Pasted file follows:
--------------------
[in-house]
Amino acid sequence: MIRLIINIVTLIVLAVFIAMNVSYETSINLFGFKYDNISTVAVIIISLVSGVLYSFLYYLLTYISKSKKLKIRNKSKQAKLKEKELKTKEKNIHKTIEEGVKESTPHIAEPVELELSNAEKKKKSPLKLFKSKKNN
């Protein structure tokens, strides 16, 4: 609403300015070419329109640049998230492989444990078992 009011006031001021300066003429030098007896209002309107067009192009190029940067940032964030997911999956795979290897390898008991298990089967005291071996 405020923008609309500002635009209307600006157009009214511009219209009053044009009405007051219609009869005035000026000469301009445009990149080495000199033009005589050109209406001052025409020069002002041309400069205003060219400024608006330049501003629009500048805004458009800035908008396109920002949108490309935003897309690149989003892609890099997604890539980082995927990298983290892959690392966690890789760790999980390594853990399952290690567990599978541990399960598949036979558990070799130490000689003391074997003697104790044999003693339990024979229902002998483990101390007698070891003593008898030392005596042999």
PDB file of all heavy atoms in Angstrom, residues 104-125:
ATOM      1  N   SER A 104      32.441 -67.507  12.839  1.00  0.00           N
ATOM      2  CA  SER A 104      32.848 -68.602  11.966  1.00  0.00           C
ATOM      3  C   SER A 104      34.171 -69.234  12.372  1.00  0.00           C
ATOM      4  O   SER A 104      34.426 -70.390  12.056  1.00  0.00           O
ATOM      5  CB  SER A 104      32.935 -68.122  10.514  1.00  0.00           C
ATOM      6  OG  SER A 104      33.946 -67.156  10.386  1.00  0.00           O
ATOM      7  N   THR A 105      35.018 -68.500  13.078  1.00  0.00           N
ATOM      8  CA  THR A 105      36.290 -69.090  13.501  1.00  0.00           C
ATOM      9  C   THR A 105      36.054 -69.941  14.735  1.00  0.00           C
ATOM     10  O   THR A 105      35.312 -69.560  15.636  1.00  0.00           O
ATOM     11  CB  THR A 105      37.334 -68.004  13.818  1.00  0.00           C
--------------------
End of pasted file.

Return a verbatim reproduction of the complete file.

[in-house]
Amino acid sequence: MIRLIINIVTLIVLAVFIAMNVSYETSINLFGFKYDNISTVAVIIISLVSGVLYSFLYYLLTYISKSKKLKIRNKSKQAKLKEKELKTKEKNIHKTIEEGVKESTPHIAEPVELELSNAEKKKKSPLKLFKSKKNN
């Protein structure tokens, strides 16, 4: 609403300015070419329109640049998230492989444990078992 009011006031001021300066003429030098007896209002309107067009192009190029940067940032964030997911999956795979290897390898008991298990089967005291071996 405020923008609309500002635009209307600006157009009214511009219209009053044009009405007051219609009869005035000026000469301009445009990149080495000199033009005589050109209406001052025409020069002002041309400069205003060219400024608006330049501003629009500048805004458009800035908008396109920002949108490309935003897309690149989003892609890099997604890539980082995927990298983290892959690392966690890789760790999980390594853990399952290690567990599978541990399960598949036979558990070799130490000689003391074997003697104790044999003693339990024979229902002998483990101390007698070891003593008898030392005596042999």
PDB file of all heavy atoms in Angstrom, residues 104-125:
ATOM      1  N   SER A 104      32.441 -67.507  12.839  1.00  0.00           N
ATOM      2  CA  SER A 104      32.848 -68.602  11.966  1.00  0.00           C
ATOM      3  C   SER A 104      34.171 -69.234  12.372  1.00  0.00           C
ATOM      4  O   SER A 104      34.426 -70.390  12.056  1.00  0.00           O
ATOM      5  CB  SER A 104      32.935 -68.122  10.514  1.00  0.00           C
ATOM      6  OG  SER A 104      33.946 -67.156  10.386  1.00  0.00           O
ATOM      7  N   THR A 105      35.018 -68.500  13.078  1.00  0.00           N
ATOM      8  CA  THR A 105      36.290 -69.090  13.501  1.00  0.00           C
ATOM      9  C   THR A 105      36.054 -69.941  14.735  1.00  0.00           C
ATOM     10  O   THR A 105      35.312 -69.560  15.636  1.00  0.00           O
ATOM     11  CB  THR A 105      37.334 -68.004  13.818  1.00  0.00           C